• Impact 4 Stories of Open Data success A Three-Year Problem Solved in Two Hours 6 “Set It and Forget It” Saves San Francisco Staff Time 10 King County Elections Takes Open Data Mobile 14 Hard Copy Is History: Web-Based Reports Save Paper, Time & Money 18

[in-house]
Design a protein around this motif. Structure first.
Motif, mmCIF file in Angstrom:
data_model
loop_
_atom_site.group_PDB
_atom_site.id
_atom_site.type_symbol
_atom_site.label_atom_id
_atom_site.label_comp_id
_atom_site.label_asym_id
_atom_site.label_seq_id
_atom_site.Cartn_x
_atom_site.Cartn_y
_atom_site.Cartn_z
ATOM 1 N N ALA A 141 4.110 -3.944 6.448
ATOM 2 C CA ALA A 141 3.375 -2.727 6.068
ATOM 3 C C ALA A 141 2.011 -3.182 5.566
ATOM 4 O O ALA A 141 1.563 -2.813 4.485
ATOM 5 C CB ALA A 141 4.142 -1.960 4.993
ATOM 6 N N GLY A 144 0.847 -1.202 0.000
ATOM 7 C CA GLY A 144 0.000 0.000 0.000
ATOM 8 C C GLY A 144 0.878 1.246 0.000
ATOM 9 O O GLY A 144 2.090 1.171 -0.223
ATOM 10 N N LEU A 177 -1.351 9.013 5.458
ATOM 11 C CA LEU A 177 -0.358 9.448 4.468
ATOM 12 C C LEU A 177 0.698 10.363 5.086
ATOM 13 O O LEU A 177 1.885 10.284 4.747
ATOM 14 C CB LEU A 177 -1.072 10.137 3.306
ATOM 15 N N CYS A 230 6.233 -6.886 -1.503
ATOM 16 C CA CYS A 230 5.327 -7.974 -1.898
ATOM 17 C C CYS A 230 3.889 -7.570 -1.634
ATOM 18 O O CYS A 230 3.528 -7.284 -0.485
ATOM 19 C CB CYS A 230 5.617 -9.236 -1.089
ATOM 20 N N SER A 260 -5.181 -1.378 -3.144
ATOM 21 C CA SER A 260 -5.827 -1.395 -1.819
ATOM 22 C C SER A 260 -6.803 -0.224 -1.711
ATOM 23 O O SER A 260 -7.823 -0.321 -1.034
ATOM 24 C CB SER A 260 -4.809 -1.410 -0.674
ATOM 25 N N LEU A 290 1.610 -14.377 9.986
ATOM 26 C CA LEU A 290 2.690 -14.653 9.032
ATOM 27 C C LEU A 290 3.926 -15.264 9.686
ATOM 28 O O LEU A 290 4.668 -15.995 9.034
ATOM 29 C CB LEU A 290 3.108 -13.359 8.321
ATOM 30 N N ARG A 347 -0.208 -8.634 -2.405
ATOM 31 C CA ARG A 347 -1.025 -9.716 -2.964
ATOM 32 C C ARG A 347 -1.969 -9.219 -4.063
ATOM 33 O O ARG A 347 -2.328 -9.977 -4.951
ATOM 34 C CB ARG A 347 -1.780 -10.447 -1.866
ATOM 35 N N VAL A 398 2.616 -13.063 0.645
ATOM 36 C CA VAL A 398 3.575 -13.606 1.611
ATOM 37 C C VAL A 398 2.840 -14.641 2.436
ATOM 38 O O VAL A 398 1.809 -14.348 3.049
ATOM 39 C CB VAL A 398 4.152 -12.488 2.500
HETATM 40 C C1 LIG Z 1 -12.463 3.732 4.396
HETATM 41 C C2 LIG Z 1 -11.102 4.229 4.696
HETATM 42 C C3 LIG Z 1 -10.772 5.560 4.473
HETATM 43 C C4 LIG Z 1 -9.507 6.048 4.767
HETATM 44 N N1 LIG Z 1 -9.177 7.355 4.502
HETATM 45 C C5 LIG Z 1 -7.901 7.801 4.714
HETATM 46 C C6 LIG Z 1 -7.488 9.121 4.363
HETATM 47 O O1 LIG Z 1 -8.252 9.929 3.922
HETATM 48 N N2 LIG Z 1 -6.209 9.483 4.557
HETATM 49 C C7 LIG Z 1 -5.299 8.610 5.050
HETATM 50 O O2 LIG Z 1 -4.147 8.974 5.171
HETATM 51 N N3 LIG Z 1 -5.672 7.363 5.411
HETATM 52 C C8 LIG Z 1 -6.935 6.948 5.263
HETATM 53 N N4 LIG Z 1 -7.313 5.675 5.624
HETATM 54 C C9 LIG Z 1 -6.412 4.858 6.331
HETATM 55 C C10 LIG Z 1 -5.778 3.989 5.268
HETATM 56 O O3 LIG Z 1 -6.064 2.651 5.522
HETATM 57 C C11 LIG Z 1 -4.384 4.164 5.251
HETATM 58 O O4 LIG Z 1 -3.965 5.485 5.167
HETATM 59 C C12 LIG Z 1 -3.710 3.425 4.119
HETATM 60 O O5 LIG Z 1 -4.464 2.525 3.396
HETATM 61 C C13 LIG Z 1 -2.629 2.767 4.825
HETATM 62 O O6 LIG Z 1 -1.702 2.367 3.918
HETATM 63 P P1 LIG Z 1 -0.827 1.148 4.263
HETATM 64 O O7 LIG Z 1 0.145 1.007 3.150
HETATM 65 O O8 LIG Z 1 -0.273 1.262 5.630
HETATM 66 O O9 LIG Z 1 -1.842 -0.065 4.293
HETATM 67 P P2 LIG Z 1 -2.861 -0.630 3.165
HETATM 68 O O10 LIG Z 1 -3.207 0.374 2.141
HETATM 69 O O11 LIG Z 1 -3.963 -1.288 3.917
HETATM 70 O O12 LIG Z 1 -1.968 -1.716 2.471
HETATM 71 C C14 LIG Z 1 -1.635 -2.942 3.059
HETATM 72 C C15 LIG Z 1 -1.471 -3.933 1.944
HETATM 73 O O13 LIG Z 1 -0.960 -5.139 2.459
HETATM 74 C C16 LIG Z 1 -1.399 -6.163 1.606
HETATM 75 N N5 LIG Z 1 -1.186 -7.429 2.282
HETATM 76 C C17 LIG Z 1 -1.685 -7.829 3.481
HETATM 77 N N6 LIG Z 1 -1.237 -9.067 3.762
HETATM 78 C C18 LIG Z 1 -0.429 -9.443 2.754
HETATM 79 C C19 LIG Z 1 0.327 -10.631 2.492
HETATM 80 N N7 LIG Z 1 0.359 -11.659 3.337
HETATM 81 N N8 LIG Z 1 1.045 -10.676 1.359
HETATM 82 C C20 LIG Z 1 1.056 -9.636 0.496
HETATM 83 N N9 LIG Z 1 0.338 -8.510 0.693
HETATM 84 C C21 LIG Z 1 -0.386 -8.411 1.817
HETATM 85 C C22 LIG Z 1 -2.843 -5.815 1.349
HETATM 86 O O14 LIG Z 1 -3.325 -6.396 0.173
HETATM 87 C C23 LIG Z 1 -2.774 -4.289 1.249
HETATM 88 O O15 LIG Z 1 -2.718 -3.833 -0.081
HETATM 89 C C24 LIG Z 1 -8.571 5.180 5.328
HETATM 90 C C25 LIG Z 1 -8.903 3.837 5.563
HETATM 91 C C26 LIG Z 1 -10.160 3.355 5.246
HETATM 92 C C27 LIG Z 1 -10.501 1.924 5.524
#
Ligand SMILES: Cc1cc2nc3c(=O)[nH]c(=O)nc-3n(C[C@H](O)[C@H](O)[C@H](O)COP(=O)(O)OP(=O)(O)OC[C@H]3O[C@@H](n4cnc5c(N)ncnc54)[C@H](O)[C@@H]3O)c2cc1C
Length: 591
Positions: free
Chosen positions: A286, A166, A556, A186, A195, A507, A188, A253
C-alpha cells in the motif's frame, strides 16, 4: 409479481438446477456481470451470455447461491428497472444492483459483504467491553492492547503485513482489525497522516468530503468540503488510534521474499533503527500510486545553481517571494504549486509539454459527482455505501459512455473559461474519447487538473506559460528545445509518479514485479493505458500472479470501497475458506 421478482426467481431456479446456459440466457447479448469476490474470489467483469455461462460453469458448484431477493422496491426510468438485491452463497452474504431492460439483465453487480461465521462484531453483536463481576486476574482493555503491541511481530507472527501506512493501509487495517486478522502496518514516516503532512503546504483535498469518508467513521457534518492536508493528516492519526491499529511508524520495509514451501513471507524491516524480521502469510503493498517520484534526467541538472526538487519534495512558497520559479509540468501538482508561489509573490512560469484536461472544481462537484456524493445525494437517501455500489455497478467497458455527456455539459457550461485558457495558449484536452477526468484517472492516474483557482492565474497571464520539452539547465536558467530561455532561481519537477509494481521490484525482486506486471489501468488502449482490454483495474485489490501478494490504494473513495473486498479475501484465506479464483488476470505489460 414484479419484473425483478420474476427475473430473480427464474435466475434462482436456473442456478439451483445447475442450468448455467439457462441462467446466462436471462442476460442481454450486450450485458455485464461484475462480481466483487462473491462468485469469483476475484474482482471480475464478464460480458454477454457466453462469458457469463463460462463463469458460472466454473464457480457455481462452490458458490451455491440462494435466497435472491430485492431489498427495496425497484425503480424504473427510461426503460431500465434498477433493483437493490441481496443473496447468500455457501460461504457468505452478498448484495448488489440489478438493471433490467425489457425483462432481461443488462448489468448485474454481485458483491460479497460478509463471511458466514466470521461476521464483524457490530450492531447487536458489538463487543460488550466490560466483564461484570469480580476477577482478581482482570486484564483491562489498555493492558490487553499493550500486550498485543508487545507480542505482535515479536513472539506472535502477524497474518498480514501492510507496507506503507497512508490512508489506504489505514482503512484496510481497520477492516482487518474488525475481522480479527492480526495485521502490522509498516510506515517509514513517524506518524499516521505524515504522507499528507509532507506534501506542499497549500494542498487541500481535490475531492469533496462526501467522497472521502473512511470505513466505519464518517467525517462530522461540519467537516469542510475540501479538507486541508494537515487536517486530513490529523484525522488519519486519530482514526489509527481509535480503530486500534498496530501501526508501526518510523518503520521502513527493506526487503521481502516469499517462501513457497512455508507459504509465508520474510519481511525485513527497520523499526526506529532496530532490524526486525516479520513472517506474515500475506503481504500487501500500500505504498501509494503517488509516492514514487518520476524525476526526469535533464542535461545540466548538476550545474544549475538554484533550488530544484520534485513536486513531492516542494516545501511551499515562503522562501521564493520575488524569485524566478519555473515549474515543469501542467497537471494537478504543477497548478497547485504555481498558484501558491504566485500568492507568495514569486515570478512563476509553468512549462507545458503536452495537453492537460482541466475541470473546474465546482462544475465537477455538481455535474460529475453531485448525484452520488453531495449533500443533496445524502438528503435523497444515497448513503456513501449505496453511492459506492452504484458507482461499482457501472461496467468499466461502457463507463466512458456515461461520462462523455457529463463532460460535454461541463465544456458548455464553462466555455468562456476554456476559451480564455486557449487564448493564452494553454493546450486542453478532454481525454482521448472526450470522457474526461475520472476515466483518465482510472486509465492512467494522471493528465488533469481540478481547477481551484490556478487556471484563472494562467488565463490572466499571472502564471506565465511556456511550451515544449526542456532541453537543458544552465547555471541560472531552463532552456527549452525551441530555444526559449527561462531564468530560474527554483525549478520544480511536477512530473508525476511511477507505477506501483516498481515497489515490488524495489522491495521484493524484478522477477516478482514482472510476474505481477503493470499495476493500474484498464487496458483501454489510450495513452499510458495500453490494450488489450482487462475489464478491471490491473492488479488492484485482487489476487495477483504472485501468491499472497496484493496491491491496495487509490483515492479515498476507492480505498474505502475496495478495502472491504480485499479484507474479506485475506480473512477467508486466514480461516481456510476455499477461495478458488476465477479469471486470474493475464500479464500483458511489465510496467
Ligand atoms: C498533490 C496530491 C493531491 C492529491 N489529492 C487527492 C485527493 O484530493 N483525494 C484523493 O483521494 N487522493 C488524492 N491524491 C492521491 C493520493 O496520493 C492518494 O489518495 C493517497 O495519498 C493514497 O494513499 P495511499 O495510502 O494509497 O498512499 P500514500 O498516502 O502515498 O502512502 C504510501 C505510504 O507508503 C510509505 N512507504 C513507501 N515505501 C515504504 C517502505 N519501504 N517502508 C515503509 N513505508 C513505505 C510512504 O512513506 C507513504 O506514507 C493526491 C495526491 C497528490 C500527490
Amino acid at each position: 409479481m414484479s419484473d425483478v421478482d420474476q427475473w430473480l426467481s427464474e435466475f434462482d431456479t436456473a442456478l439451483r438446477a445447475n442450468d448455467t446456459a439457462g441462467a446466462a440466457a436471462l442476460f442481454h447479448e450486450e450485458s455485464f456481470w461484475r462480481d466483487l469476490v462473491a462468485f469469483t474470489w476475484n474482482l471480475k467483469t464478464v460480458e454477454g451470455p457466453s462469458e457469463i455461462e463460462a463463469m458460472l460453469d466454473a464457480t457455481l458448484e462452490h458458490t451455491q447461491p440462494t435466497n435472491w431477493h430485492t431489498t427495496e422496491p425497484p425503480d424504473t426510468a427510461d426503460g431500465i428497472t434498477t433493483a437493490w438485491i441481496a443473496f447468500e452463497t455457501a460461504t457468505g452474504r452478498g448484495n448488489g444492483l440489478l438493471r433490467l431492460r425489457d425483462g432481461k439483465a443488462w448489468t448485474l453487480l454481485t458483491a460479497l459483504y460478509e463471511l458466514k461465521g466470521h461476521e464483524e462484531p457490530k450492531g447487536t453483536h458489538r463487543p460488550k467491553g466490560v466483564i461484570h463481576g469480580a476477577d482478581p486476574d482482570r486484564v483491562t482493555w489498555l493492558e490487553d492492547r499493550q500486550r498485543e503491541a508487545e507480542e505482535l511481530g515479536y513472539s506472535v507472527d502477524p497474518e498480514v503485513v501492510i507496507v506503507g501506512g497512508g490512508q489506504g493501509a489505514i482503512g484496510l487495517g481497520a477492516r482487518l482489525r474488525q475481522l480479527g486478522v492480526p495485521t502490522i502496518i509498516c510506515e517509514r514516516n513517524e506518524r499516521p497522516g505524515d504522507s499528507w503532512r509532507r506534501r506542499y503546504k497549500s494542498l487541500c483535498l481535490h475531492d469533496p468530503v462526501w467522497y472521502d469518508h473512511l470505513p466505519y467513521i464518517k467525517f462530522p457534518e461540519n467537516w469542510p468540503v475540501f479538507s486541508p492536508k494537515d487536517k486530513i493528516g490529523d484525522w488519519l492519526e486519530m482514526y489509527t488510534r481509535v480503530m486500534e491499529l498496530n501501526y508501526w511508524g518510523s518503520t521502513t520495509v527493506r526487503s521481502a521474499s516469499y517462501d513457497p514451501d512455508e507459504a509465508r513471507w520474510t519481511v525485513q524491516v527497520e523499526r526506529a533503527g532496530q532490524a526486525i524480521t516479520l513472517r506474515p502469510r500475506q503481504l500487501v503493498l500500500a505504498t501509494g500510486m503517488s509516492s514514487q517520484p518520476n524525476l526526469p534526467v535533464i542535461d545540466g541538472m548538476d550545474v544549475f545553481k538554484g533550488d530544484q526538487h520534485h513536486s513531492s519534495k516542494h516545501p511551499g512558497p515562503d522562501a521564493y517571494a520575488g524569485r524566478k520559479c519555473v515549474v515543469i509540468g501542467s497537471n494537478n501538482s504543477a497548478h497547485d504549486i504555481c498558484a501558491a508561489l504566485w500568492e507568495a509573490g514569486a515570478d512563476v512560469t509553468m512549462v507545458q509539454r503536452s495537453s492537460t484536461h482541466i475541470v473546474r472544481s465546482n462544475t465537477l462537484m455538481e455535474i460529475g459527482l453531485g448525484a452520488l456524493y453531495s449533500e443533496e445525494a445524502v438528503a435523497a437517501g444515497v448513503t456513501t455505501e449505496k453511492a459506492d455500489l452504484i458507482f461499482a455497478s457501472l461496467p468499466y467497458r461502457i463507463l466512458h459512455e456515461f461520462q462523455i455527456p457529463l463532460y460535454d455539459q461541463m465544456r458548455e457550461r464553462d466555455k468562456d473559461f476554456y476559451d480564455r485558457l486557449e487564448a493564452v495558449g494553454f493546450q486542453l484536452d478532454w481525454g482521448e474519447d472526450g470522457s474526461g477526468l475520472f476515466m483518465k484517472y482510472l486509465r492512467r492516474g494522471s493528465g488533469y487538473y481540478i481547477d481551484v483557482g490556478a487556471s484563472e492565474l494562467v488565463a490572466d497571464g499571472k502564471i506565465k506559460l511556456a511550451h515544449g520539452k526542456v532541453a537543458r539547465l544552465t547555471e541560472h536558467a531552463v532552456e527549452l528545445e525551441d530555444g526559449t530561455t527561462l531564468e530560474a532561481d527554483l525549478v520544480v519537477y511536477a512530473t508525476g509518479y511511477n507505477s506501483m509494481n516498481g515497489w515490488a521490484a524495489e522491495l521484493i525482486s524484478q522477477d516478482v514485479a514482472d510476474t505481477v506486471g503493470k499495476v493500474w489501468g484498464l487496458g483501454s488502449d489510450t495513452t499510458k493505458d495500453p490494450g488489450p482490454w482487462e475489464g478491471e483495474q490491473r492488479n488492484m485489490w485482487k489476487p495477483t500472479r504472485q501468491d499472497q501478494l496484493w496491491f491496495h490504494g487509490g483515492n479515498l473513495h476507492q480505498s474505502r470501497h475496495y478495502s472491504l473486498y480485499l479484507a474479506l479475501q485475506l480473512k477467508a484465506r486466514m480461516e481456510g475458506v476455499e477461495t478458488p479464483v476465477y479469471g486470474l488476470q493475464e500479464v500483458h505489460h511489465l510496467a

• Open Innovation • FALL 2013 2928 Open Innovation • FALL 2013 Impact A Three-Year Problem Solved in Two Hours A Three-Year Problem Solved in Two Hours Impact A Three-Year Problem Solved in Two Hours State of Oregon: Marine Board For three years, Ashley Massey sought a way to create an easy-to-update, online map of resources for Oregon boaters. Her odyssey ended with her first map on Socrata. How much time did she need to make it? Two hours. How much did it cost her? Nothing. Mayday! Troubled Technology Waters “My job is to reach out and grab as many people’s attention as I can about the Marine Board’s mission of boating safety education and access,” says Massey, public information officer for the Oregon Marine Board. Massey found a great solution with open data. Her journey toward it began in 2007. 2007 - The Marine Board’s seven- year-old Microsoft Access database of boating facility information was damaged. 2008 - Massey and colleagues recompiled all of their boating access information and entered it into Google Maps. “We had to manually enter each boat ramp location and manually place the dot on the map. It was very labor intensive,” says Massey. 2009 - Disaster occurred when all of their work in Google Maps was accidently deleted. 2010 - Massey spent six months researching vendors and price agreements. “The cheapest solution we found was for $100,000, and it wasn’t capable of doing searches, so it really wasn’t an option,” says Massey. When the Oregon Marine Board team loaded their water hazard and boat ramp data onto the state’s open data portal they could easily visualize it as maps. Those maps were then embedded on Oregon.gov. A Seaworthy Solution In the summer of 2010, Oregon’s eGovernment Program Manager Wally Rogers presented the state’s new open data portal hosted on Socrata. Massey recognized the solution to her problems. “I was excited. I said, ‘I’m ready to rock’n’roll.’ We already had a dataset and a vision for the look-and-feel ready to go,” says Massey. Rogers sat down with her that day, taught her how to upload a dataset, and visualize it in a map. Once the main map view was created, Massey and colleagues were able to add icons and images. Massey had her first map completed in less than two hours.